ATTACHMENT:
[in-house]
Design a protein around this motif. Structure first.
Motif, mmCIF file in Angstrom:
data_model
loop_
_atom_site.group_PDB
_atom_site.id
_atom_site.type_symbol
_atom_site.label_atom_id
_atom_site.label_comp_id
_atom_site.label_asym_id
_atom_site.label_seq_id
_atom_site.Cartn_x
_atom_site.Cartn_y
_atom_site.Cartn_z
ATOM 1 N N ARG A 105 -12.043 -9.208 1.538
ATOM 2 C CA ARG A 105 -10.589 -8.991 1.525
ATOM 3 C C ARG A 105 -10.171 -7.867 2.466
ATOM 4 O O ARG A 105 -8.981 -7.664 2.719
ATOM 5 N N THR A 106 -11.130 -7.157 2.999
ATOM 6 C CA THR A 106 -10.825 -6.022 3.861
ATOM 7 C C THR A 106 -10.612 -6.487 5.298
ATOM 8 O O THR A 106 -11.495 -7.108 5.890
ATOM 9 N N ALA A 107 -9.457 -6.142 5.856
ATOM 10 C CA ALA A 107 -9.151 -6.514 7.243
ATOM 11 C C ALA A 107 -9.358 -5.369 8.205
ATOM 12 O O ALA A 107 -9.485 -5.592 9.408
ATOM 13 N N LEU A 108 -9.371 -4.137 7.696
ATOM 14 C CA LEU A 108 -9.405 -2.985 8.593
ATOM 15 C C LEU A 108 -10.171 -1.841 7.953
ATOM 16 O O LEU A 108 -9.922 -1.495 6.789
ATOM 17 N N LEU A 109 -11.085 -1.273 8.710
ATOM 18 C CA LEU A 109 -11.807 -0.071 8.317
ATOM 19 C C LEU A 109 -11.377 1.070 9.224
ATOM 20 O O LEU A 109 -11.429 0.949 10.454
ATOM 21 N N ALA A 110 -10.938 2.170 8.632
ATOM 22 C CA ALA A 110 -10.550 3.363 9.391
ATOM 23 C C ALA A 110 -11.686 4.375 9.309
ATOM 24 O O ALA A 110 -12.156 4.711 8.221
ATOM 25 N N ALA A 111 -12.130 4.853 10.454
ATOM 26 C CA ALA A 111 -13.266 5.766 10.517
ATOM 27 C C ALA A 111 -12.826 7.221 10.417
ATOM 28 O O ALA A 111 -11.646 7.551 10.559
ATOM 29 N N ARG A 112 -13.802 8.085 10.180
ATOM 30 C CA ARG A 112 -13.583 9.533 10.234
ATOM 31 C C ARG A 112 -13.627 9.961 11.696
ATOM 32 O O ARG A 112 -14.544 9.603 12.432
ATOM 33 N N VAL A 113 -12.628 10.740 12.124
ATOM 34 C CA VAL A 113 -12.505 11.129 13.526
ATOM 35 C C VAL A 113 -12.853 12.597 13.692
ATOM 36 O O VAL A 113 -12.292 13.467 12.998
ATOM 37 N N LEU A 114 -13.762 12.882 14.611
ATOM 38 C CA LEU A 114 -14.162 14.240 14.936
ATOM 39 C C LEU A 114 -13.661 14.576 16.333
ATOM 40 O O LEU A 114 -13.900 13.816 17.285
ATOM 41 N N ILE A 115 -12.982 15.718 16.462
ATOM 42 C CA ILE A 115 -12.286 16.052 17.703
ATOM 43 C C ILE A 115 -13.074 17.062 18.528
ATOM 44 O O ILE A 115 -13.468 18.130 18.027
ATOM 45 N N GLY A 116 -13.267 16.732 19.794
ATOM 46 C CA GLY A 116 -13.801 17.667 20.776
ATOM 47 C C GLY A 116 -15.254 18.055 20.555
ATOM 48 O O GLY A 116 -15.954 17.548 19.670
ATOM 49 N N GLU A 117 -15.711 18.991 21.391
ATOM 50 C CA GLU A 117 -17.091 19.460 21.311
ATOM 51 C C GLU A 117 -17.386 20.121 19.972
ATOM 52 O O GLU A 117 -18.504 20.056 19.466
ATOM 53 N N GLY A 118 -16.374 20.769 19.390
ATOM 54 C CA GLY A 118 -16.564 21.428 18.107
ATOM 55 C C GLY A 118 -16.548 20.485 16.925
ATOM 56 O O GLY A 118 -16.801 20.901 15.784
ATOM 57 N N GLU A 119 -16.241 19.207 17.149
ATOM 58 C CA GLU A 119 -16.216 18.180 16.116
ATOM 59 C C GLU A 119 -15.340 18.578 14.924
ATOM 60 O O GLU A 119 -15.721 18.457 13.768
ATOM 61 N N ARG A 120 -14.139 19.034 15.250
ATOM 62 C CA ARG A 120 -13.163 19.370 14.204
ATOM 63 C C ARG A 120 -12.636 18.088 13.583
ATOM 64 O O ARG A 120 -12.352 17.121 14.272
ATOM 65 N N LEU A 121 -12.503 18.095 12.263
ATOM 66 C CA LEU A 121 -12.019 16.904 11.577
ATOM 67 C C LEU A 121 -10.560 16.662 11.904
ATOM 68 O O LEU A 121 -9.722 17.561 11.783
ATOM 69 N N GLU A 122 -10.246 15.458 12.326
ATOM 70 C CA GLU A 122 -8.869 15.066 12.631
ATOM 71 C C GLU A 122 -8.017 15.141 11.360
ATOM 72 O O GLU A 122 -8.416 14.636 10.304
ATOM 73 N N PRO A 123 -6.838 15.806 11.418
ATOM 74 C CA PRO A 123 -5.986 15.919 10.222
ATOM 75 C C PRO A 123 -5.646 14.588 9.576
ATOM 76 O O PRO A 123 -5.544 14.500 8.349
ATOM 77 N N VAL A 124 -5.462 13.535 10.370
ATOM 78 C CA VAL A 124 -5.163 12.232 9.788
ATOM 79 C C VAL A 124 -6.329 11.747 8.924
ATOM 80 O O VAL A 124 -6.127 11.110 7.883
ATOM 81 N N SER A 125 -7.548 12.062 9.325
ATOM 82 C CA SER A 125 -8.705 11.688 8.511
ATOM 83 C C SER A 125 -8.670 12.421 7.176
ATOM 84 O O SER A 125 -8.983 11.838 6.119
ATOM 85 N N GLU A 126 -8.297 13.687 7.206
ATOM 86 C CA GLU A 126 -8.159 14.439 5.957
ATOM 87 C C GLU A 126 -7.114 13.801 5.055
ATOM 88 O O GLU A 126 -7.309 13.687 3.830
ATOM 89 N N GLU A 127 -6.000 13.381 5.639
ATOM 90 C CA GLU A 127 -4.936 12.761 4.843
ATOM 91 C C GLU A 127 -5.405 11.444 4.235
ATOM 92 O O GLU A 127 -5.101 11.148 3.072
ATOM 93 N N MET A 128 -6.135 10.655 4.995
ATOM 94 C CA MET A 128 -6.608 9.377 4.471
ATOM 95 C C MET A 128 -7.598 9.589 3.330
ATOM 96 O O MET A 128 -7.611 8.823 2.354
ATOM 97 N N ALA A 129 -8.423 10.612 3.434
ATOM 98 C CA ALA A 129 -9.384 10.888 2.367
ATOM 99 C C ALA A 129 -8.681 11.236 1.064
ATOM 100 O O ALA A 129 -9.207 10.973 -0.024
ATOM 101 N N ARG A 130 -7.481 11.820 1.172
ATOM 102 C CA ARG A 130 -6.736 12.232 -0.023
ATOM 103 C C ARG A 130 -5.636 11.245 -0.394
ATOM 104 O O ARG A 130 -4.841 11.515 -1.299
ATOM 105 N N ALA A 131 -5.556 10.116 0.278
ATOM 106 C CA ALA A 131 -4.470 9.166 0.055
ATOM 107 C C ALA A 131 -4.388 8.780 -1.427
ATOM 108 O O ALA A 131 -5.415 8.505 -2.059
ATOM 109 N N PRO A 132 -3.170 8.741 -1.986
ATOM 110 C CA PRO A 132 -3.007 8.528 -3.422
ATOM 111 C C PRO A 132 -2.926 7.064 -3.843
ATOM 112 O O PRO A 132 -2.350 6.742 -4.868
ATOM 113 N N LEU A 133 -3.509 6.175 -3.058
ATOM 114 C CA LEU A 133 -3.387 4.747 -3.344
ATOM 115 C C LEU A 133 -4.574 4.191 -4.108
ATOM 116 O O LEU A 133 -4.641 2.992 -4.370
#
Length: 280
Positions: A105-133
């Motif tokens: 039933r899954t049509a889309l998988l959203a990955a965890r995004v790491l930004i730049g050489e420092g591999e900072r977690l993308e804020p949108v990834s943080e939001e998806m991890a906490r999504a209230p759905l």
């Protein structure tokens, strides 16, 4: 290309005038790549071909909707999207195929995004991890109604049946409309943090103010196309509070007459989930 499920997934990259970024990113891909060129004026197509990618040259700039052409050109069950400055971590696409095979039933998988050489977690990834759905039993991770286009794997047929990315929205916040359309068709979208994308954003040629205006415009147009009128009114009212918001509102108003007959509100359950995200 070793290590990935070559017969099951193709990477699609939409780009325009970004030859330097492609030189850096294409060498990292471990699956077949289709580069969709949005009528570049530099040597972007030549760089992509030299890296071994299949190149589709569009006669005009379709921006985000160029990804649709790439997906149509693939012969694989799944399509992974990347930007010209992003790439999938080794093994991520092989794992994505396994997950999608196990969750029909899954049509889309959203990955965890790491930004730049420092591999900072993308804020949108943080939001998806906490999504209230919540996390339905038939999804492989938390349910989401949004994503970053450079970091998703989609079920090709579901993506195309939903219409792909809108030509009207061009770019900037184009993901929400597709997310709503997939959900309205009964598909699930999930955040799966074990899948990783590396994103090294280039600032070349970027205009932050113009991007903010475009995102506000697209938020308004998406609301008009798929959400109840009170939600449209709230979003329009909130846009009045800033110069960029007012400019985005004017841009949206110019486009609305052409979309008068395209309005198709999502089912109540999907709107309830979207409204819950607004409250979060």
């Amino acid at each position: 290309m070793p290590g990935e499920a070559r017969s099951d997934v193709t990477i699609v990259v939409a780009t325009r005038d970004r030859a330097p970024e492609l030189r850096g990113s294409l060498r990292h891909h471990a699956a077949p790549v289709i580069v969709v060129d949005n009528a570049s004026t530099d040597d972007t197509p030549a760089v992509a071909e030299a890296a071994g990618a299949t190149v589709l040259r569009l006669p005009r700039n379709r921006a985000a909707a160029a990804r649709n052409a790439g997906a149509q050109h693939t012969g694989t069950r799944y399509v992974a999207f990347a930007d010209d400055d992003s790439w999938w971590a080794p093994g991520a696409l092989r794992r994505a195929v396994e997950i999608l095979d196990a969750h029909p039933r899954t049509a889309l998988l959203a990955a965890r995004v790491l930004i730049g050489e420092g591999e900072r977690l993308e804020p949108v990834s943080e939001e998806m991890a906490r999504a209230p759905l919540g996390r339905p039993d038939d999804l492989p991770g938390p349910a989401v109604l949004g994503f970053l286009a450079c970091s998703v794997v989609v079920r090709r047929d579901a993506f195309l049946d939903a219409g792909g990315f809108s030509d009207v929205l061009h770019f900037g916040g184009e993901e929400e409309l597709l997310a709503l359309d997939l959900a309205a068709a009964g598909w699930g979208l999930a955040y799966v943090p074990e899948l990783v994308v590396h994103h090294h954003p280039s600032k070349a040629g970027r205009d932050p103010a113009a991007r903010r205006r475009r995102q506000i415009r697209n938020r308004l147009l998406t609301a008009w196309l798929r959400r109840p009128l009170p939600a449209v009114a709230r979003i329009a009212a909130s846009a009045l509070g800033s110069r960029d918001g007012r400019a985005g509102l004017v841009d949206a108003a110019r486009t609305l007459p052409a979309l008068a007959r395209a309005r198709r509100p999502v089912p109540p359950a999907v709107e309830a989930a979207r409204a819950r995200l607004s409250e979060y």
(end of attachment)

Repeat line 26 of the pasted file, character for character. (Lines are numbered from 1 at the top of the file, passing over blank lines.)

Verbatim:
ATOM 11 C C ALA A 107 -9.358 -5.369 8.205